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Fall in Love with Squashes This Fall

The other day, I was reading The Observer and noticed an article written by Claire Kopischke where she and her friends ranked different pumpkin spice products they had picked up at stores around the South Bend area. As someone who has been keeping a can of pumpkin puree in my room since I noticed a cool autumn breeze starting to drift through campus, I can say that Claire’s article resonated with the pumpkin spice lover in me. However, it also got me thinking about the other types of winter squash that get pushed out of the spotlight when pumpkin hits the stage around this time of year. So, for all you forgotten squash out there, this article is dedicated to you. 


Spaghetti Squash 

As someone who is not on the dining plan and has to balance cooking (semi-) healthy meals with my other obligations, spaghetti squash is a lifesaver for me. This squash is amazing for busy college students who want to have a nutritious meal but don’t want to be stuck in the kitchen with a textbook in one hand and a spatula in the other for hours. It’s also a godsend for those of us who are gluten-free and craving a pasta meal. 

For first-time spaghetti squash chefs, here’s my go-to recipe for a quick baked spaghetti squash pasta meal:

  1. Preheat an oven to 400°F and cut your spaghetti squash in half. 
  2. Spoon out the seeds and coat the inside of both halves in olive oil or butter and salt and pepper.
  3. Place, cut side down, on a baking sheet and bake for 40 minutes.
  4. Let sit on a countertop until cool and run a fork through the insides to separate them from the shell. The squash should peel away in noodle-like strips.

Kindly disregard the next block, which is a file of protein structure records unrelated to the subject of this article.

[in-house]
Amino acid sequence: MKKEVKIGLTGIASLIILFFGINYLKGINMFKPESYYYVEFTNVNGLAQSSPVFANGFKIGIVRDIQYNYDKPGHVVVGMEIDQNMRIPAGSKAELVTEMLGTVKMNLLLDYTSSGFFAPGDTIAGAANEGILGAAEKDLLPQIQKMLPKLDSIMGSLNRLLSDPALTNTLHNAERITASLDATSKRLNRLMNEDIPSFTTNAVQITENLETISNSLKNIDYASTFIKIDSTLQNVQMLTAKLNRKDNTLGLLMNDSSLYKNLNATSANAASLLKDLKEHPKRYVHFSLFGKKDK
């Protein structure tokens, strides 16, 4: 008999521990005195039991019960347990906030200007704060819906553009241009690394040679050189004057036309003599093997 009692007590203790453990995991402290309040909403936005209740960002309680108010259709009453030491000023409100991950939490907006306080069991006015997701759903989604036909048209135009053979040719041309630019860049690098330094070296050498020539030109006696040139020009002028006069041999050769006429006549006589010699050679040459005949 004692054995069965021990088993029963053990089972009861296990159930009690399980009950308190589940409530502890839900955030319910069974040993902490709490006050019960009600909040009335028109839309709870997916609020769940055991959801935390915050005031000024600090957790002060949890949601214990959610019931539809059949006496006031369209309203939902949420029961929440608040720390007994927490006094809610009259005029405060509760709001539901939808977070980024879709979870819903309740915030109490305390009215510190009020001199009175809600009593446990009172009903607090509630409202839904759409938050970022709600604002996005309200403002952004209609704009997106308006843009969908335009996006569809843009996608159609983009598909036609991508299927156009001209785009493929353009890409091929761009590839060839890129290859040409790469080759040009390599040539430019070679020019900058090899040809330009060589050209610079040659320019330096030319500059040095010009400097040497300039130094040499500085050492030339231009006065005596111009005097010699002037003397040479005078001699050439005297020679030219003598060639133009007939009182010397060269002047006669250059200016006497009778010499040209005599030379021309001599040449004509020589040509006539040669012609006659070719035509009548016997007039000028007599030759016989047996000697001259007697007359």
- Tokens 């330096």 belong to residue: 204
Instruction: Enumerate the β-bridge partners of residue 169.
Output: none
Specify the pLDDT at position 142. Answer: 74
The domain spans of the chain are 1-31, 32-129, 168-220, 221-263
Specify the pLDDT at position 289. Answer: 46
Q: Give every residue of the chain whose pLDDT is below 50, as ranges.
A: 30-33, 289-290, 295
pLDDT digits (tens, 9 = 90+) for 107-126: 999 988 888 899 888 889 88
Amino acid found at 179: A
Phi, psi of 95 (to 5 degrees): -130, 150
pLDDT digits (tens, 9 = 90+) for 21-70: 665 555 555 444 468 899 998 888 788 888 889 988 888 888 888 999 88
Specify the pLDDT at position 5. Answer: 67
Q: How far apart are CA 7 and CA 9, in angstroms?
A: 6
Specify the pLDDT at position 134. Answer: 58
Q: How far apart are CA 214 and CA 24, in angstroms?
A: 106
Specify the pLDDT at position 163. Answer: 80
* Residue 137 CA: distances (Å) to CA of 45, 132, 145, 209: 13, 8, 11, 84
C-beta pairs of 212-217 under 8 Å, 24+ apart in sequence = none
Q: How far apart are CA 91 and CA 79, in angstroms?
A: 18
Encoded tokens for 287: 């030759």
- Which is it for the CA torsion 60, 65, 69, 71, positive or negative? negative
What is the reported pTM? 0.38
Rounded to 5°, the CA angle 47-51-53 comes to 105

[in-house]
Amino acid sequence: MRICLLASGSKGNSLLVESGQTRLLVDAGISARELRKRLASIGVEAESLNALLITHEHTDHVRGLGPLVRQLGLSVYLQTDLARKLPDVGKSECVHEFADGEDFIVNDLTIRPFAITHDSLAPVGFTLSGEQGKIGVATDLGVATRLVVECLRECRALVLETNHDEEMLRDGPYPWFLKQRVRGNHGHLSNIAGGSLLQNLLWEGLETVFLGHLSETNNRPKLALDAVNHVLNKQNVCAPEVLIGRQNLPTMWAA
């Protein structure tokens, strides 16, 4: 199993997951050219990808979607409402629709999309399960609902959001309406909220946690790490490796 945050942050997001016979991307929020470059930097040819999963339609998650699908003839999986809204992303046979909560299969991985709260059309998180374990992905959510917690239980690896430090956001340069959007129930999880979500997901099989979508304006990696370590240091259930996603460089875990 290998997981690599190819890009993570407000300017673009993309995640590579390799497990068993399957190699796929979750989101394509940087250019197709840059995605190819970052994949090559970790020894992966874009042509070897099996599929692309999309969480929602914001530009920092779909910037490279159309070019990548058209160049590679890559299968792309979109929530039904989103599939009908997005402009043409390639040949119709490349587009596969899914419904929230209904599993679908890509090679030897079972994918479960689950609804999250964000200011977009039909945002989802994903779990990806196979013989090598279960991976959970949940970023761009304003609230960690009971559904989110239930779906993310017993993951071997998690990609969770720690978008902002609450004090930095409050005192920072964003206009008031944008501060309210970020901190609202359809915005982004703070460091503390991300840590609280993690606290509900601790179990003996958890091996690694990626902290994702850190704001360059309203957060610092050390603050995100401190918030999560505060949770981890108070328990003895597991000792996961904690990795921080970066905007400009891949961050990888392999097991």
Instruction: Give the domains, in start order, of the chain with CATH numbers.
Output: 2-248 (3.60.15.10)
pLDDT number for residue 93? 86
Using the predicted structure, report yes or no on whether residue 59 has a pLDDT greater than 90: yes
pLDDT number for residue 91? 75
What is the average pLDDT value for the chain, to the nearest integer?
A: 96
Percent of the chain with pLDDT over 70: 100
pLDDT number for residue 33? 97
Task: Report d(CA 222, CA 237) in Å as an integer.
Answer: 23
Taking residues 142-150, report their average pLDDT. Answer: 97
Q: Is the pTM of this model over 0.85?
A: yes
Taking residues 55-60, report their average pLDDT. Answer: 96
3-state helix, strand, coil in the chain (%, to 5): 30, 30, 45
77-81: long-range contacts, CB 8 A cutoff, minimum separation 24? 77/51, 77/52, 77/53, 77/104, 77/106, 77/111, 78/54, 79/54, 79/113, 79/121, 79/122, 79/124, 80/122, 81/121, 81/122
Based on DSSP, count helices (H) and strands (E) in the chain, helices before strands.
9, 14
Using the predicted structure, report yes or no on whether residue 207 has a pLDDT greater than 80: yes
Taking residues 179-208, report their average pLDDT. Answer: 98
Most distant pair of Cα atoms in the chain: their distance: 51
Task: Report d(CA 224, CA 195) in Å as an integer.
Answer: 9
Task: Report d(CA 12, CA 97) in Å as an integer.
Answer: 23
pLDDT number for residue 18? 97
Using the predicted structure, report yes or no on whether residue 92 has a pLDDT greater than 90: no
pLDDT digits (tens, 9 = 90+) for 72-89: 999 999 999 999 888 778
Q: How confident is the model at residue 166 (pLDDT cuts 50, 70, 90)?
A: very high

5. Using the shell as a bowl, add in any pasta toppings you desire. I like chopped bacon, baby spinach and mozzarella cheese shreds.
  6. Place back in the oven for a few minutes to let toppings set and cheese melt.
  7. Enjoy!


Acorn Squash

I’ll admit it: the first time I bought an acorn squash, I didn’t even think about eating it. When I first came across a display of white acorn squash at Meijer’s, I bought one solely to sharpie a scary face on it and make it into a squash ghost decoration. It wasn’t long, though, before I began to wonder how this odd little squash would taste and decided to find out for myself. This squash is nice because it’s smaller than a lot of the other winter squashes, and so it won’t take up too much space in your room if you decide to experiment with it. 

My first foray with it was making it into a soup with diced apples, leeks and carrots, but on a busy weeknight, I have two favorite ways to incorporate it.

To make a stuffed acorn squash:

  1. Preheat an oven to 400°F and cut your acorn squash in half.
  2. Spoon out the seeds and cover the inside with butter or olive oil and salt and pepper.
  3. Place, cut side down, on a baking sheet and bake for 30 minutes.
  4. When tender, remove from oven and fill with stuffings of your choice. I like diced sausage, apples, quinoa and spinach or kale.
  5. Place back in the oven for a few minutes to let toppings set.
  6. Enjoy!

To make maple butter acorn squash:

  1. Preheat an oven to 425°F and cut your acorn squash in half.